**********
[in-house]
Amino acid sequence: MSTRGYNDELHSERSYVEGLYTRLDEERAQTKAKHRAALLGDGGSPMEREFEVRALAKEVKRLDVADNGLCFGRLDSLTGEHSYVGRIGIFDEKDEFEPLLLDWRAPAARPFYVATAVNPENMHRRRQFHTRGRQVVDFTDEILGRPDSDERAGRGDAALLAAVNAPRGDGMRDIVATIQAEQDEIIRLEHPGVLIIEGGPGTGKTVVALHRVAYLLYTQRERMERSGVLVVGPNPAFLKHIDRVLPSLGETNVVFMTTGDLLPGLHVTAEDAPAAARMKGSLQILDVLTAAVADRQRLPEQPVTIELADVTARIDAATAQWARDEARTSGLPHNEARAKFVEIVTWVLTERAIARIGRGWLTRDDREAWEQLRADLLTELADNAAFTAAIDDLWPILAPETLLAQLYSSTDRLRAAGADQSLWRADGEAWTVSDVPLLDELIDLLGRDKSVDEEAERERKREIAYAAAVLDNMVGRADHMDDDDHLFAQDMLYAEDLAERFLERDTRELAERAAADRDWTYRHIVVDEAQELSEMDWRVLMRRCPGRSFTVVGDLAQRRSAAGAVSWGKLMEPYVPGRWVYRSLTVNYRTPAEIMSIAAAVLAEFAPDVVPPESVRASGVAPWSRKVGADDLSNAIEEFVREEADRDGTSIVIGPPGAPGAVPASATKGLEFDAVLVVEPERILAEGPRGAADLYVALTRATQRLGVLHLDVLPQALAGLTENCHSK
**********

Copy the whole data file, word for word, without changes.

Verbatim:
[in-house]
Amino acid sequence: MSTRGYNDELHSERSYVEGLYTRLDEERAQTKAKHRAALLGDGGSPMEREFEVRALAKEVKRLDVADNGLCFGRLDSLTGEHSYVGRIGIFDEKDEFEPLLLDWRAPAARPFYVATAVNPENMHRRRQFHTRGRQVVDFTDEILGRPDSDERAGRGDAALLAAVNAPRGDGMRDIVATIQAEQDEIIRLEHPGVLIIEGGPGTGKTVVALHRVAYLLYTQRERMERSGVLVVGPNPAFLKHIDRVLPSLGETNVVFMTTGDLLPGLHVTAEDAPAAARMKGSLQILDVLTAAVADRQRLPEQPVTIELADVTARIDAATAQWARDEARTSGLPHNEARAKFVEIVTWVLTERAIARIGRGWLTRDDREAWEQLRADLLTELADNAAFTAAIDDLWPILAPETLLAQLYSSTDRLRAAGADQSLWRADGEAWTVSDVPLLDELIDLLGRDKSVDEEAERERKREIAYAAAVLDNMVGRADHMDDDDHLFAQDMLYAEDLAERFLERDTRELAERAAADRDWTYRHIVVDEAQELSEMDWRVLMRRCPGRSFTVVGDLAQRRSAAGAVSWGKLMEPYVPGRWVYRSLTVNYRTPAEIMSIAAAVLAEFAPDVVPPESVRASGVAPWSRKVGADDLSNAIEEFVREEADRDGTSIVIGPPGAPGAVPASATKGLEFDAVLVVEPERILAEGPRGAADLYVALTRATQRLGVLHLDVLPQALAGLTENCHSK